Jerry Kenney

Jerry Kenney was introduced to WYSO by a friend and within a year of first tuning in became an avid listener and supporter. He began volunteering at the station in 1991 and began hosting Alpha Rhythms in February of 1992. Jerry joined the WYSO staff in 2007 as a host of All Things Considered and soon transitioned into hosting Morning Edition. In addition to now hosting All Things Considered, Jerry is the host and producer of WYSO Weekend, WYSO's weekly news and arts magazine. He has also produced several radio dramas for WYSO in collaboration with local theater companies. Jerry has won several Ohio AP awards as well as an award from PRINDI for his work with the WYSO news department. Jerry says that the best part of his job is being able to talk to people in the community and share their experiences with WYSO listeners.

As Election Day nears, advocates continue to lobby for and against a ballot measure that would limit how much Ohio could pay for prescription drugs.

In October, Antioch College will host a Restorative Justice (RJ) symposium called "Healing Harms In Today's Troubled World. Organizers say the symposium will look at two broader topics: how RJ can be/is used in  higher eduction, and how RJ can be/is used to heal harms in a community.

This is a national conference designed to teach the principles and practices of Restorative Justice and its approach to problem solving.

In an interview with WYSO this week, Jalyn Roe, one of the organizers of the symposium, talks about the reasons behind the summit and offers details on how to get involved.

The federal government has granted the Montgomery County Family Treatment Court additional funding to expand services for families affected by the opioid crisis.

Fuyao Glass America in Moraine is responding to news that employees have filed a petition to unionize under the United Auto Worker’s banner.

 

The federal Drug Enforcement Administration and Wright State University are teaming up to host a rally dedicated raising awareness about drug use and prevention.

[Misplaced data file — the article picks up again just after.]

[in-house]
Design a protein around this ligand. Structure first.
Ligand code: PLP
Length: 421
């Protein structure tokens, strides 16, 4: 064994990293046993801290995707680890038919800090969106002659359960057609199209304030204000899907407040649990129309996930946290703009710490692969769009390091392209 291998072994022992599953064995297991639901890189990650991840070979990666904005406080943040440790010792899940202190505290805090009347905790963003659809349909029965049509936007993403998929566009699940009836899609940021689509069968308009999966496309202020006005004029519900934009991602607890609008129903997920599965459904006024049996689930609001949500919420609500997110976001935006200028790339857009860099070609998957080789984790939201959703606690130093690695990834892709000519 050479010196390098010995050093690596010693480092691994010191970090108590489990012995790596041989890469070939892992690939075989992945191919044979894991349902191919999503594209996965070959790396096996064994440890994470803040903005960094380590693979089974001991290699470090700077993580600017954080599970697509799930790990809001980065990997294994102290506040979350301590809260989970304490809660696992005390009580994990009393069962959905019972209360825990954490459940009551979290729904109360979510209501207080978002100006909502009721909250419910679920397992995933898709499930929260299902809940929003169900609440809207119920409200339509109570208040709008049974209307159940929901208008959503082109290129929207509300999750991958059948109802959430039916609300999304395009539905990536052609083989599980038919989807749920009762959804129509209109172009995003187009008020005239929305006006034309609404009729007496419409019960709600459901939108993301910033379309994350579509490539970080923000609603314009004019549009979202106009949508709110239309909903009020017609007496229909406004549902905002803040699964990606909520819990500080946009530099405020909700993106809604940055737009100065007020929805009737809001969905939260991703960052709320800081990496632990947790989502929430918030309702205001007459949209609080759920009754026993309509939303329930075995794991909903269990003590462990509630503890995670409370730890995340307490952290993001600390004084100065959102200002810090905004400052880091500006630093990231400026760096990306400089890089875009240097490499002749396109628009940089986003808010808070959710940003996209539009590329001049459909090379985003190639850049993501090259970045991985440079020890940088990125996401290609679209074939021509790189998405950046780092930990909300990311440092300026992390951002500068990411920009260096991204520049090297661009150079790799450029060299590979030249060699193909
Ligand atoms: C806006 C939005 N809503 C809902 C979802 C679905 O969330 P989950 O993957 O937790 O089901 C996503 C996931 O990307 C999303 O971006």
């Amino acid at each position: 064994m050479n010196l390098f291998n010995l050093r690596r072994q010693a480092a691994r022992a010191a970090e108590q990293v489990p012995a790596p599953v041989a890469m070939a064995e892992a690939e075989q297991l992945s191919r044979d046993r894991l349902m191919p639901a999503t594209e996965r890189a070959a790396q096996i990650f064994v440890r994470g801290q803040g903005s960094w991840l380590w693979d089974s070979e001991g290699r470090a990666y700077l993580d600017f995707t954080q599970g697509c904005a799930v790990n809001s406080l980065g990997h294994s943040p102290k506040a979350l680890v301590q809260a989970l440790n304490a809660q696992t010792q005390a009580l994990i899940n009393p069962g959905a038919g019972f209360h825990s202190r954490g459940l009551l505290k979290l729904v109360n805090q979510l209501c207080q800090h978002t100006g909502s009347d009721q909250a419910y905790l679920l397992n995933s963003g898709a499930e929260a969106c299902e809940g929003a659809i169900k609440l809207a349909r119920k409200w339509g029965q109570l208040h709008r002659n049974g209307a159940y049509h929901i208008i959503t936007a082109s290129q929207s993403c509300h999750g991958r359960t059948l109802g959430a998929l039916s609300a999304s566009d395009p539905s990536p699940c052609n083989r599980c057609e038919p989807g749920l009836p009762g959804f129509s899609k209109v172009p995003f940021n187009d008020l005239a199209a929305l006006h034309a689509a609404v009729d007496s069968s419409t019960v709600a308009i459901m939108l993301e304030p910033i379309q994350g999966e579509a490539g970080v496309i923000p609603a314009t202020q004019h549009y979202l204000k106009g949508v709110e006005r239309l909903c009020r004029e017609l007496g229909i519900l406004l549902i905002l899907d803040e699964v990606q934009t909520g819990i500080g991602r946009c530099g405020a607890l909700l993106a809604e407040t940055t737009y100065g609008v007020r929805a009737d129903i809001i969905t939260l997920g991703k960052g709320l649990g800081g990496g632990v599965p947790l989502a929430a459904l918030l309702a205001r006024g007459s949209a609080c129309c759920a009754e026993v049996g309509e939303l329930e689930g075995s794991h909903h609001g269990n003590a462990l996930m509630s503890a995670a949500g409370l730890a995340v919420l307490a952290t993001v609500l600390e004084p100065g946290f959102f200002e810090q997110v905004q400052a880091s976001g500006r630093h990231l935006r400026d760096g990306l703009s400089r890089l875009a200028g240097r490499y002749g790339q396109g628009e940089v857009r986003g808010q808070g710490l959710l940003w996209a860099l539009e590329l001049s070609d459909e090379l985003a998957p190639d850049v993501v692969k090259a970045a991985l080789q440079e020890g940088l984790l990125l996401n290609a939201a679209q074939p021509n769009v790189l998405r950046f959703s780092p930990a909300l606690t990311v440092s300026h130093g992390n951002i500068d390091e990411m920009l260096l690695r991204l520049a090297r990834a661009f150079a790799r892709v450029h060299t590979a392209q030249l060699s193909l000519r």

The "360 Power of You” Rally taking place on October 16, 2017 at the Nutter Center is an education and outreach event on drug prevention. Organizers especially want high school students, their families, and college age students to attend the event.

DEA Special Agent, Rich Isaacson, says for the last decade his agency has worked to develop a more "holistic approach" to dealing with the opioid crises.

In this edition of WYSO Weekend:

 

Unintentional drug overdose deaths in Montgomery County for 2017 now stand at 499. The numbers came in a monthly update from Public Health Dayton, and Montgomery County Alcohol, Drug Addiction, and Mental Health Services. At the press conference, three young people - Cory Kabara, Andrew Leadford and Sarah Fowler Northrup - stood up to tell their stories of addiction and recovery.


Following the press conference, it was a quick trip into the next room where I sat down with Rich Isaacson - Special Agent with the Drug Enforcement Administration and public information officer for Ohio, Michigan, and Kentucky, and Andrea Hoff - Director of Prevention and Early Intervention with ADAMHS. We talked about a collaboration they are working on together.

Unintentional drug overdose deaths in Montgomery County for 2017 now stand at 499.

Ohio U.S. senators, Democrat Sherrod Brown and Republican Rob Portman, are urging the federal Department of Commerce to step up an investigation into foreign steel imports.

This year, The Neon in downtown Dayton asks the question "What do Bette Midler, Danny Glover, Danny DeVito, Laura Linney, Ian McKellen and Laverne Cox all have in common?" To find out the answer, WYSO's Jerry Kenney spoke with Neon manager, Jonathan McNeal.

McNeal joined us in the WYSO studios recently to provide a rundown of the films that will be showing in this year's Dayton LGBT Film Festival. In the interview, you'll also find out what question McNeal says he hasn't received from the press or from anyone he's talked to about the festival.

In this edition of WYSO Weekend:

 

In the highly-structured lives of working parents, carving out unstructured playtime for young children can be difficult. Community Voices producer Tess Cortés explored how other parents and caregivers over the age of 35 navigate this path.

Since 1996 more than 160 influential people with ties to the Miami Valley have been inducted into the Dayton Region’s Walk of Fame. On Thursday seven more people were honored with a spot on the walk. The Honorees enshrined into the walk of fame this year include actress and Oakwood native Allison Janney. We sat down with the the popular 'West Wing' drama and ‘Mom’ sitcom star before the ceremony at Sinclair College Conference Center. In this interview she told us what the honor means for not only her, but her parents.


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